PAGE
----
Quantum vs. Classical Mechanics

Topics: Quantum mechanics, Photon, Light Pages: 2 (559 words) Published: May 2, 2005
Classical and Quantum mechanics are the two main fields of mechanics in physics. Classical mechanics came a few hundred years before Quantum mechanics. Subsequently it is less accurate and less reliable then the more recent mechanic field of Quantum mechanics. Despite being outdated, Classical mechanics can still be used for many everyday problems with bigger and slower moving objects. However, when dealing with extremely fast moving or small subatomic particles a Classical approach will not produce sufficiently accurate results as was the case around the 19th century.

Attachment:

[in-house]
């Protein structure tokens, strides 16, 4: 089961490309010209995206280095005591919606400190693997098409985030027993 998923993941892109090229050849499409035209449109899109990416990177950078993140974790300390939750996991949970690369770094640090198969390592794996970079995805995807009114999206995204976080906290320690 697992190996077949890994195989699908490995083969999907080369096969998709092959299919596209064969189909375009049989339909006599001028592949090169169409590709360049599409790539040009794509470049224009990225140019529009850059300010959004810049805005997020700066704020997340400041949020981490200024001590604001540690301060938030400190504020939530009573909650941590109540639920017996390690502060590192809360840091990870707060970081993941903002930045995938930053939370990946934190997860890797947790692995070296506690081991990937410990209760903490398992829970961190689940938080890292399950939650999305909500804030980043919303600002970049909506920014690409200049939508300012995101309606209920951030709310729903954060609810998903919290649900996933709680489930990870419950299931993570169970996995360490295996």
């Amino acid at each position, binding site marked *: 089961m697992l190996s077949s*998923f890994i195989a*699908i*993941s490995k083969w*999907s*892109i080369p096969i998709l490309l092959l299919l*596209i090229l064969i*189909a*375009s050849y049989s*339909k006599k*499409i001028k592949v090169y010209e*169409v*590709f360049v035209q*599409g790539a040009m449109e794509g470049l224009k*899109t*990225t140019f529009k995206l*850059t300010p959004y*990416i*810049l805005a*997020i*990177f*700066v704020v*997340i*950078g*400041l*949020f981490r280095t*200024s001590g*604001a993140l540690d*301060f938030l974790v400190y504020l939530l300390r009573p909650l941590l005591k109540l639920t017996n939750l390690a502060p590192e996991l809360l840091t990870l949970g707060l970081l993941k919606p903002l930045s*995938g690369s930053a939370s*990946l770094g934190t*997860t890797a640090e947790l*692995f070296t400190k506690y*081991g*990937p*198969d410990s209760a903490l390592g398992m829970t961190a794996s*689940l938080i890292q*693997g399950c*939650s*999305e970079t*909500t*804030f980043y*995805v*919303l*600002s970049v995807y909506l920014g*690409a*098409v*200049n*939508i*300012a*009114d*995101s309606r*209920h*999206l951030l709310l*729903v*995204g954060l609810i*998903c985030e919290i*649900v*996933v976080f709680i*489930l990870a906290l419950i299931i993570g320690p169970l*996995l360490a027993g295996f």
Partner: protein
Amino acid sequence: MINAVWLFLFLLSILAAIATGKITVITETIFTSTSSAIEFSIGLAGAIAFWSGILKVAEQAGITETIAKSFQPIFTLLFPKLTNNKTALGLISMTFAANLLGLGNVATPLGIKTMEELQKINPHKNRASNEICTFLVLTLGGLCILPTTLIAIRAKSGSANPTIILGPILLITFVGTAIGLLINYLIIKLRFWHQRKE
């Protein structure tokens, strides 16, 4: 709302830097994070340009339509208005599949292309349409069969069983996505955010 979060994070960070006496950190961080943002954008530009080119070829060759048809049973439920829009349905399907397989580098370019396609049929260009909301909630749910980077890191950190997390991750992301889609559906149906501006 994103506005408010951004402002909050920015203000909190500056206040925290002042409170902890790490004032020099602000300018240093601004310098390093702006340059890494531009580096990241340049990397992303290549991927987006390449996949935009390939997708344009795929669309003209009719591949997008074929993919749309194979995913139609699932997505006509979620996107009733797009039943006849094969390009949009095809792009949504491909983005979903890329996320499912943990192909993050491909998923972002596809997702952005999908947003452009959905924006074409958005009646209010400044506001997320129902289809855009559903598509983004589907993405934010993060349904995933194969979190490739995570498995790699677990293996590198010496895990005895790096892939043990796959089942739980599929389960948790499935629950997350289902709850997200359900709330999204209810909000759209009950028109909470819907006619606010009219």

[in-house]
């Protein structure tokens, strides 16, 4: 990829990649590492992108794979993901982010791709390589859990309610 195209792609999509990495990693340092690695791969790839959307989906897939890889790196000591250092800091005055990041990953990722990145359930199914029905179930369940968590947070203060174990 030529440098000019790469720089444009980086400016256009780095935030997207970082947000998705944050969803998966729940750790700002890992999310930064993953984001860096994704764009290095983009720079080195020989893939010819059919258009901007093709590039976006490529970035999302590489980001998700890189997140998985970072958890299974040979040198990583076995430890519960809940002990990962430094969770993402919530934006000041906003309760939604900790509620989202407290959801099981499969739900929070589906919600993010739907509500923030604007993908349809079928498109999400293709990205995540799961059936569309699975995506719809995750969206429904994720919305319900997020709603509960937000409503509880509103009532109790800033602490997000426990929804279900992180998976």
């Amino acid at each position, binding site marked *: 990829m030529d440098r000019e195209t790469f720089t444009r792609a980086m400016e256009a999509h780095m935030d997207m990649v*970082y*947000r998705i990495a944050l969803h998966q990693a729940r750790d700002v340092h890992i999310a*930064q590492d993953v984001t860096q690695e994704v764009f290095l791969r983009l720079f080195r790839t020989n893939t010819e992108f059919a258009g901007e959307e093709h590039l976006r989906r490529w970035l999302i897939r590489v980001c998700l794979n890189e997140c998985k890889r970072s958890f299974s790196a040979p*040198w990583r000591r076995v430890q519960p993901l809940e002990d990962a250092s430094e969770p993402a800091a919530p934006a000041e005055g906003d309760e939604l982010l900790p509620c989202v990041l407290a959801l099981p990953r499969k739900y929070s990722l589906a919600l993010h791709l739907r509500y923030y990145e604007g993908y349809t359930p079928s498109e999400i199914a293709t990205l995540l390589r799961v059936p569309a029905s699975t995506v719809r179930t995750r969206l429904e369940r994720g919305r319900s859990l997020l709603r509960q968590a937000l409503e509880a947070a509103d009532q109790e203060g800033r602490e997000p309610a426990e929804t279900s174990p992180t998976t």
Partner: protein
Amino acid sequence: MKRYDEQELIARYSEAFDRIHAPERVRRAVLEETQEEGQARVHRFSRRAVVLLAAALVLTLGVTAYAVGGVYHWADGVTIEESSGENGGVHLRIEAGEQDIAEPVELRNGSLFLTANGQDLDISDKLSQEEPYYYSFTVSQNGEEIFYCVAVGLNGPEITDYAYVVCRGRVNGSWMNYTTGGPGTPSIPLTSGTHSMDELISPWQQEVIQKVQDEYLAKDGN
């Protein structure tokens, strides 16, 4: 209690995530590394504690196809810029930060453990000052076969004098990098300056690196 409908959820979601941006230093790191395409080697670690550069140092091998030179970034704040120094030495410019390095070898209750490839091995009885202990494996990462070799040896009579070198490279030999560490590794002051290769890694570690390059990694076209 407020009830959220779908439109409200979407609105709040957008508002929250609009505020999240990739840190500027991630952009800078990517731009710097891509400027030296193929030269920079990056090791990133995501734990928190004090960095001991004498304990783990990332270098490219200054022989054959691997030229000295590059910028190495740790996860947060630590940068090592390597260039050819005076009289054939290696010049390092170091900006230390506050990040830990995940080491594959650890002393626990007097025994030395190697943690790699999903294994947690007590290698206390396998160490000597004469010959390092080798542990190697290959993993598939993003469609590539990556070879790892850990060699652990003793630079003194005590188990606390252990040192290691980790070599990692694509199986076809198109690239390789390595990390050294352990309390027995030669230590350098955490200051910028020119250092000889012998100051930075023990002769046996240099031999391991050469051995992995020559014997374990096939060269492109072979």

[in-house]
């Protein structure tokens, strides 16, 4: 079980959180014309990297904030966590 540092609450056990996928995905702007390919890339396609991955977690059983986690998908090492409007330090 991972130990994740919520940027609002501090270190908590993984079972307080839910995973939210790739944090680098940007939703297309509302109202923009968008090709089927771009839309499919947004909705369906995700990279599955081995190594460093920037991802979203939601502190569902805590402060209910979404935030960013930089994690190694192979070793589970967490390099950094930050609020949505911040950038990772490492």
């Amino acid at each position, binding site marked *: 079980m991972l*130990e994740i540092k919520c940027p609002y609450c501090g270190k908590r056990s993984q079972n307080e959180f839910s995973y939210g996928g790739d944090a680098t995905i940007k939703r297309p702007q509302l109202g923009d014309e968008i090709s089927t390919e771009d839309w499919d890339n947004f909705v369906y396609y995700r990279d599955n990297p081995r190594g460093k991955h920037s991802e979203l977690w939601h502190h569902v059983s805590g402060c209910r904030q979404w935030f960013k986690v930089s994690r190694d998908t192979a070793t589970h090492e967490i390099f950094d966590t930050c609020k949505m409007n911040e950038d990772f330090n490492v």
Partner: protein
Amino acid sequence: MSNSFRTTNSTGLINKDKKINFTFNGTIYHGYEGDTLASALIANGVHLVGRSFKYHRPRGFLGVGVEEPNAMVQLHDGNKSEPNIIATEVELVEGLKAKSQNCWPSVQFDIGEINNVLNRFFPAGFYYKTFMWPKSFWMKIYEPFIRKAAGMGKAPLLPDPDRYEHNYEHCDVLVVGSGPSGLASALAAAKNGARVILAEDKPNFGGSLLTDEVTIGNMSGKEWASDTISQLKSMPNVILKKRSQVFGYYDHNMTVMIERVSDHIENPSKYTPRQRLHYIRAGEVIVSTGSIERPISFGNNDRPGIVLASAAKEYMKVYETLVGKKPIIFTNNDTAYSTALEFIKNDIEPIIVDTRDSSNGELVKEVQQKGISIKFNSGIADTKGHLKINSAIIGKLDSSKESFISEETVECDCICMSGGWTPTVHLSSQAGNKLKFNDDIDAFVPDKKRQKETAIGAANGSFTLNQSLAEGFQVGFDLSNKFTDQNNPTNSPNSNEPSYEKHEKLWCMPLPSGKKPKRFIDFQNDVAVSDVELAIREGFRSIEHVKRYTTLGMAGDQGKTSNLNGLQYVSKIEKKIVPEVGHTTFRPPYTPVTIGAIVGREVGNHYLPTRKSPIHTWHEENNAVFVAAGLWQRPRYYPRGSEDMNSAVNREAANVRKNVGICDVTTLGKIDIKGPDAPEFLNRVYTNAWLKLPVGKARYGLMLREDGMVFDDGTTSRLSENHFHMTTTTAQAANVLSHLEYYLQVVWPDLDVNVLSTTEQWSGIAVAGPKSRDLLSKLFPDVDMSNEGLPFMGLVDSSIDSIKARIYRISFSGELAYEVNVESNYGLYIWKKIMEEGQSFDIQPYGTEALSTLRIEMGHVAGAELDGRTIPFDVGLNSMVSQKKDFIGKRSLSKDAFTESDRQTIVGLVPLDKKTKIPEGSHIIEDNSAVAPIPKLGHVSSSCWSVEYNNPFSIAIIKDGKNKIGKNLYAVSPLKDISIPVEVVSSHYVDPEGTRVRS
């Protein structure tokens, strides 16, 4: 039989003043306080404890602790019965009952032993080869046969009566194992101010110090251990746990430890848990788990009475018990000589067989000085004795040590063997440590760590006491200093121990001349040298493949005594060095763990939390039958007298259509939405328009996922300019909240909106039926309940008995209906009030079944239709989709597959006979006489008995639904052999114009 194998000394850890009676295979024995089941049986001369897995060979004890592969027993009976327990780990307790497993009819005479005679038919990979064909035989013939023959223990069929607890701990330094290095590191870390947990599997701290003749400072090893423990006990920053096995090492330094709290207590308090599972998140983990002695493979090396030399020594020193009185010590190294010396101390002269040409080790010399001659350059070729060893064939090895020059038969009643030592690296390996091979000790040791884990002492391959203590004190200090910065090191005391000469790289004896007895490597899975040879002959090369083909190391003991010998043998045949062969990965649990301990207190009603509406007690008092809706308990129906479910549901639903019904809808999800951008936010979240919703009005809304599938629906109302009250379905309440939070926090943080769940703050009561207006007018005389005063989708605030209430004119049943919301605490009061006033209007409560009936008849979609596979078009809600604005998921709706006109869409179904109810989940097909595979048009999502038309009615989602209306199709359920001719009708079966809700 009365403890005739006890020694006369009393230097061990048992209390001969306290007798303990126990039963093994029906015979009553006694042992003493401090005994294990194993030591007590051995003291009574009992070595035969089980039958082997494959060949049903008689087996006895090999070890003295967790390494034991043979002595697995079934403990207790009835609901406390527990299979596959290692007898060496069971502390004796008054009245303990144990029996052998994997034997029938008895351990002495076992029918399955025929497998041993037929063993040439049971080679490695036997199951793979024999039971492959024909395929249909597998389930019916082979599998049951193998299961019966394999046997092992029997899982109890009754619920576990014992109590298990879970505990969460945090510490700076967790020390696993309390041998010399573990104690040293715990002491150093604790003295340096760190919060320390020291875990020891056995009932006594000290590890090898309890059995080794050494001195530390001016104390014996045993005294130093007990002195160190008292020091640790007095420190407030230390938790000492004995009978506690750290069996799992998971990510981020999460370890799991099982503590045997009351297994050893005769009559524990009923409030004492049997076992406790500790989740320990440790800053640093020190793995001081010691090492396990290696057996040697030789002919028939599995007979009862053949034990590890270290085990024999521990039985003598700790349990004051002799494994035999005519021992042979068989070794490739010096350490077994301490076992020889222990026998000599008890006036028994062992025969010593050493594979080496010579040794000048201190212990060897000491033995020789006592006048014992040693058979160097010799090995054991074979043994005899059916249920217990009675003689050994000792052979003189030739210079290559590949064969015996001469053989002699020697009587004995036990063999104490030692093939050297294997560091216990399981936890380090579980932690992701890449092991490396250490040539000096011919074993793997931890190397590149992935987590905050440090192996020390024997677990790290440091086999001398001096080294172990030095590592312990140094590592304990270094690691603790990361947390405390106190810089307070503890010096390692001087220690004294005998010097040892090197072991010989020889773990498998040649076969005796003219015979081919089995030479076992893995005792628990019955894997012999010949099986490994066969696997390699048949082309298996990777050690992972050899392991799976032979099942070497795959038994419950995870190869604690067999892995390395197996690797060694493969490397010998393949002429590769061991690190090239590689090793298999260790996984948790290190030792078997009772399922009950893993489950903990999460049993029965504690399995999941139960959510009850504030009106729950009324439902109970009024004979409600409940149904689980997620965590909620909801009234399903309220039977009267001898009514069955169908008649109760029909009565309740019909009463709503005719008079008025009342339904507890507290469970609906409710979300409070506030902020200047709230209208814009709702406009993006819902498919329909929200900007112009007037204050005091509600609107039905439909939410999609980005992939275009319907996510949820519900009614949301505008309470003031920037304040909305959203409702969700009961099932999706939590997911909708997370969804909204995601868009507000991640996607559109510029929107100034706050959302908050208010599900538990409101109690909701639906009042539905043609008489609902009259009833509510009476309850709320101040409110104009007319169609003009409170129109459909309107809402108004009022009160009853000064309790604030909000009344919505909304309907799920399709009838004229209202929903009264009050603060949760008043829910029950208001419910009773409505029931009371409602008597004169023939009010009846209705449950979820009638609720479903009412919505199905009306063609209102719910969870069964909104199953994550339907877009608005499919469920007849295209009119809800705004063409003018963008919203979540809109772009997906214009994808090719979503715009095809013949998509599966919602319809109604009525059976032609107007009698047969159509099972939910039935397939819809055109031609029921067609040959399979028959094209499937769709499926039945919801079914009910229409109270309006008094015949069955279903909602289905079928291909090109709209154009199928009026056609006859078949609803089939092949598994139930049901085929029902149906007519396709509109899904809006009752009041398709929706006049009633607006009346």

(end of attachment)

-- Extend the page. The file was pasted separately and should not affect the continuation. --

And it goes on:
Difficulties with the Classical mechanics theory came right around the 19th century. First was the Ultraviolet Catastrophe. Experimental data when testing blackbody radiation was found to be inconsistent with Classical mechanics. The data showed that as the wavelength of the incoming radiation approaches zero, the amount of energy being radiated also approaches zero, whereas Classical mechanics says the emitted energy is infinite. The second difficulty with the theory was its inability to correctly describe the photoelectric effect. The photoelectric effect says that photons from a surface are released when light hits it. Classical mechanics says that electrons will be emitted from a metal by light waves with any frequency as long as the intensity of the light is strong enough, and even if it is weak over a long enough period of time electrons will eventually be emitted. The theory was proved incorrect after experiments showed that light under certain frequencies did not produce the photoelectric effect on the metal, which meant that the emitting of electrons is related not to intensity but the waves frequency. A new string of mechanics, Quantum mechanics, was created in order to resolve the incompatibilities of Classical Mechanics. A main difference between the two fields of mechanics is the make up of the atom. In Quantum mechanics electrons in an atom are outside of the nucleus in...
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